“I hate the word duration,” says Tacita Dean, whose films unfold slowly, skirting boredom to challenge even her most patient viewers. “I prefer length.” Her answer reveals her as a born-again structuralist. Length can be a material form of measurement: for example, a typical reel of 35-mm film is 1,000 feet.
Duration aside, time is a constant preoccupation of Dean’s, and one of the central subjects of her new film, JG, which was on view from February 7 through April 21, 2013 at the Arcadia University Art Gallery. In the above interview, she speaks softly but emphatically about time’s myriad forms, from the geological and the celestial to the biological or the structural. Watching JG one can easily get lost—not geographically (even though the film was shot in the desert), but rather in a psychological time zone, far from the tick-tock of daily routine.
JG was inspired by Dean’s correspondence with British author J. G. Ballard, regarding the connections between his short story, “The Voices of Time” (1960), and Robert Smithson’s massive earthwork and film, Spiral Jetty (1970). The film was commissioned by Arcadia University with support from The Pew Center for Arts & Heritage. It recently showed at the Hammer Museum, Los Angeles; Marian Goodman Gallery, Paris; and the Utah Museum of Fine Art, Salt Lake City.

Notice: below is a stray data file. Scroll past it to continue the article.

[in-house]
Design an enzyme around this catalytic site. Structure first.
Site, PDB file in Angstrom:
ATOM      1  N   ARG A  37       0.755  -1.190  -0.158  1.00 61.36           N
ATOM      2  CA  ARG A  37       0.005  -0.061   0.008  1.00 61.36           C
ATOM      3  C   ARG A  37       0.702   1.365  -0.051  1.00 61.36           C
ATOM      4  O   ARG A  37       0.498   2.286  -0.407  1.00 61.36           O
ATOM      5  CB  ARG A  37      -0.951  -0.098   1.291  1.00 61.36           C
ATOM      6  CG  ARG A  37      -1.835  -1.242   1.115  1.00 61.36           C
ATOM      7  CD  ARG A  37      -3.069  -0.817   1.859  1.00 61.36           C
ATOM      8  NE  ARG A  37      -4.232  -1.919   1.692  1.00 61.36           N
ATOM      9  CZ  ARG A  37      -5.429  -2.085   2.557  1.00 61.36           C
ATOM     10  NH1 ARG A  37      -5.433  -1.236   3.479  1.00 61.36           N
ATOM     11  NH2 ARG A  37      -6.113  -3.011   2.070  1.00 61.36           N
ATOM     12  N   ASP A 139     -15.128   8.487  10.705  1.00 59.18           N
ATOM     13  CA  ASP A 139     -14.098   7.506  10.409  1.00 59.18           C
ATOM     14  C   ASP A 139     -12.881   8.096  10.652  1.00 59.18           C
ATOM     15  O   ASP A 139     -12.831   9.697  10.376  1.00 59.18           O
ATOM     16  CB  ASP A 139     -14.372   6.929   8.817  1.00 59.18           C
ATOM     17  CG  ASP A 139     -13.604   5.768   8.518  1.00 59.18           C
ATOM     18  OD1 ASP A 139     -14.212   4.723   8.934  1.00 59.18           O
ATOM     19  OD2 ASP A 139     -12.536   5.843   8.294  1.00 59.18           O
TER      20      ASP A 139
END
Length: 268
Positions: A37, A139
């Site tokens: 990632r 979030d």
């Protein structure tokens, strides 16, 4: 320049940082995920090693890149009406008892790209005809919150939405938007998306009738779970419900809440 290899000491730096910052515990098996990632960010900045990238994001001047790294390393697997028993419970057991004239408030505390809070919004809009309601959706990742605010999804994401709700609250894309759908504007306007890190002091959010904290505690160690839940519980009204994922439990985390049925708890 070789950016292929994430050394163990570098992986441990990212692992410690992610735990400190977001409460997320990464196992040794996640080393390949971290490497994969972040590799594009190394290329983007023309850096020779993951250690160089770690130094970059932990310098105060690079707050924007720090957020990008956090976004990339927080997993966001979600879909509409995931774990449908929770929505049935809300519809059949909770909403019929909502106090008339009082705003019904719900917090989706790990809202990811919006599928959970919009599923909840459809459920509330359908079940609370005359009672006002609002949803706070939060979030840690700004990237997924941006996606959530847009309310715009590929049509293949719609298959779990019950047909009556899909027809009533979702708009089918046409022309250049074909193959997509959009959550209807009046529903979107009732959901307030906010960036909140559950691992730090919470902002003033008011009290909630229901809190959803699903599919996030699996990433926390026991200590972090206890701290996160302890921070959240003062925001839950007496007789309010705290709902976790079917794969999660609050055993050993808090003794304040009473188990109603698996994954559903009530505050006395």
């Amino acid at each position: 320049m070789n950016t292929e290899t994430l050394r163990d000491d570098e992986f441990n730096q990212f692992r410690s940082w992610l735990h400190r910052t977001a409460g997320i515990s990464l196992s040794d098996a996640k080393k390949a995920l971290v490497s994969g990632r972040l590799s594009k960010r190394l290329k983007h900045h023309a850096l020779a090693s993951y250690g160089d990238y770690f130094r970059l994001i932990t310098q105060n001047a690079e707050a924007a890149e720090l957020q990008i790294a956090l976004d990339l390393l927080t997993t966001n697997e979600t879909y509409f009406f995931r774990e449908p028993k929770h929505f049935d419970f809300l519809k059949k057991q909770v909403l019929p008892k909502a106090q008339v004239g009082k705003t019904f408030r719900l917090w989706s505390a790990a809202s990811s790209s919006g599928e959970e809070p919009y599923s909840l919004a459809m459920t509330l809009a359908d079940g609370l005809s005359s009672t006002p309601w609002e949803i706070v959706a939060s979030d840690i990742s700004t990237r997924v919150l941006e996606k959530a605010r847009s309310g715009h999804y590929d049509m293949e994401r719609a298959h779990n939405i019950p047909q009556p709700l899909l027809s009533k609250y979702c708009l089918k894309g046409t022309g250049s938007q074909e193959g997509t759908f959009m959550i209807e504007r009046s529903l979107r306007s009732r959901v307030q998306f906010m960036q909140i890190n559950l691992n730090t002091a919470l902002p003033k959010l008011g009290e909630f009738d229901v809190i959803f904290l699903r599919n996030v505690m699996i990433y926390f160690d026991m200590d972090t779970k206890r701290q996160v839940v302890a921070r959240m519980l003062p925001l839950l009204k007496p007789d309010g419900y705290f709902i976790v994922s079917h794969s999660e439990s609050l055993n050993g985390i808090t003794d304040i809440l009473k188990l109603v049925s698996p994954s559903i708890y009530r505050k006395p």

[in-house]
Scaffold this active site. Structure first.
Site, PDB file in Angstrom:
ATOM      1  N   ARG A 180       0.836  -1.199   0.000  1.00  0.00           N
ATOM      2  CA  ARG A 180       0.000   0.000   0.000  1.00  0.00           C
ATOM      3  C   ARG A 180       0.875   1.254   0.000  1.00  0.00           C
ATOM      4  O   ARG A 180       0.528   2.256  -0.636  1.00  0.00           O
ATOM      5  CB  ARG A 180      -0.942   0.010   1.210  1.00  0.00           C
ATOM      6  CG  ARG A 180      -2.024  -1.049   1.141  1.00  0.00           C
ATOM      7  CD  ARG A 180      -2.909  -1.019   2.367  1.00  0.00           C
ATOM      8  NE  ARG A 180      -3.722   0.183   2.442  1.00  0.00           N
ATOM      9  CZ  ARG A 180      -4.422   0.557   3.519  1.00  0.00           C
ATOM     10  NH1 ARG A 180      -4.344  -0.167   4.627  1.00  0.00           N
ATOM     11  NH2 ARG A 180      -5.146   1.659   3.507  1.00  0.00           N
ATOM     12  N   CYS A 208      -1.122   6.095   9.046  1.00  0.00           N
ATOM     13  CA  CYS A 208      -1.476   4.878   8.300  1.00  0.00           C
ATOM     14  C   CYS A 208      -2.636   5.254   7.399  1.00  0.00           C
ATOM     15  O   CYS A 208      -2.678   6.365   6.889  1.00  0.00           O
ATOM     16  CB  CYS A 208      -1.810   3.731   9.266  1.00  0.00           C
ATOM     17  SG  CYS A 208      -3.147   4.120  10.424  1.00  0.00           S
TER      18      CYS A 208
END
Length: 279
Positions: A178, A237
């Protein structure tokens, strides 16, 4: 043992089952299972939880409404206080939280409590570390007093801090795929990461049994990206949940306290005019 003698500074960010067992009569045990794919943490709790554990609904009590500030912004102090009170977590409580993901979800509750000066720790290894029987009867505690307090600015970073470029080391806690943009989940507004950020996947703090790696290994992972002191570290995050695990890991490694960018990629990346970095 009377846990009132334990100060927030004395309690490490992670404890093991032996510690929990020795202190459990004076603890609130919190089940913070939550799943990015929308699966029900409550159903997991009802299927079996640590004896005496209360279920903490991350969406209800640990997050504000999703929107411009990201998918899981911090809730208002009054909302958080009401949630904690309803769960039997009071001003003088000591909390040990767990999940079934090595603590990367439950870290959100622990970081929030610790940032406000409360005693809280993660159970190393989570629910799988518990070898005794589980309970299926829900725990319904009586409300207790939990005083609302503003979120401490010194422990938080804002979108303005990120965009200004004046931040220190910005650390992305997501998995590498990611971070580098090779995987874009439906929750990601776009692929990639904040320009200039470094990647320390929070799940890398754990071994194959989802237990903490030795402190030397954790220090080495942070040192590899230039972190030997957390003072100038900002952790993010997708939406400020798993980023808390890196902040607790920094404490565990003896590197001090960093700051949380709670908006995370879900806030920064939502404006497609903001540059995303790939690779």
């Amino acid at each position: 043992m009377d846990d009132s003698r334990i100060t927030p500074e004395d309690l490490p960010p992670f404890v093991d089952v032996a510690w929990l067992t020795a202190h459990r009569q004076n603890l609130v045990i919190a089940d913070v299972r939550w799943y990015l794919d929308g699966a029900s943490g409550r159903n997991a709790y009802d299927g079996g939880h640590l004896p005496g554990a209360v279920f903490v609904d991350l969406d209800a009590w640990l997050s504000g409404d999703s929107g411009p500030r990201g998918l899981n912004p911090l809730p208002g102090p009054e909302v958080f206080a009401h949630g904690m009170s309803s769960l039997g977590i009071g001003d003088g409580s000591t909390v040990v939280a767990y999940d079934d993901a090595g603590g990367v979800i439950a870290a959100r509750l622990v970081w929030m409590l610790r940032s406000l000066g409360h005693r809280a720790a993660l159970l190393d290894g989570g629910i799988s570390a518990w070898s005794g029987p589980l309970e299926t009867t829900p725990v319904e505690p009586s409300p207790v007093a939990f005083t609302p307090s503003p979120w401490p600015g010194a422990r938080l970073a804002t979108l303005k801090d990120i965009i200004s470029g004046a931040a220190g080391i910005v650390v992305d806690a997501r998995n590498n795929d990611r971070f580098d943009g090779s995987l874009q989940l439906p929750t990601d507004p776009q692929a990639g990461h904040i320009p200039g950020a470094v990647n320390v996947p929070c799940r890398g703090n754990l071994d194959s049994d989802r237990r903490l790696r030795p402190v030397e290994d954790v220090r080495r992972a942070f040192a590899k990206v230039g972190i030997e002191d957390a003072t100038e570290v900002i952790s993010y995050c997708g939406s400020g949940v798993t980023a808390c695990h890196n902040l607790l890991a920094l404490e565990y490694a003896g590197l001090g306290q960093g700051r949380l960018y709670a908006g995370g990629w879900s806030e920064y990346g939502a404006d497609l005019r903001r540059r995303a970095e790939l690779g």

About Tacita Dean
Tacita Dean was born in 1965 in Canterbury, UK. She studied at Falmouth School of Art and the Slade School of Fine Art before moving to live and work in Berlin in 2000. She is esteemed for her drawings, photographs, prints and sound works, as well as her artists’ books and texts. She is best known, however, for her films, which she began exhibiting in galleries in the mid-1990s, making her one of the first artists of her generation to dedicate herself to the medium. She is fascinated by the dynamics between the materiality of celluloid and the passage of time, which she employs in the service of narrative, however apparent or oblique, and regardless of her subjects, which include artists, anachronistic architecture, and landscape. Characterized by static camera positions, long takes and ambient sound, her films are imbued by an uncanny stillness that elicits meditative forms of attention. Dean’s acute regards for light and subtle forms of motion combine to create singular evocations of sensibility and place, the spirit of the moment, and the essence of film itself.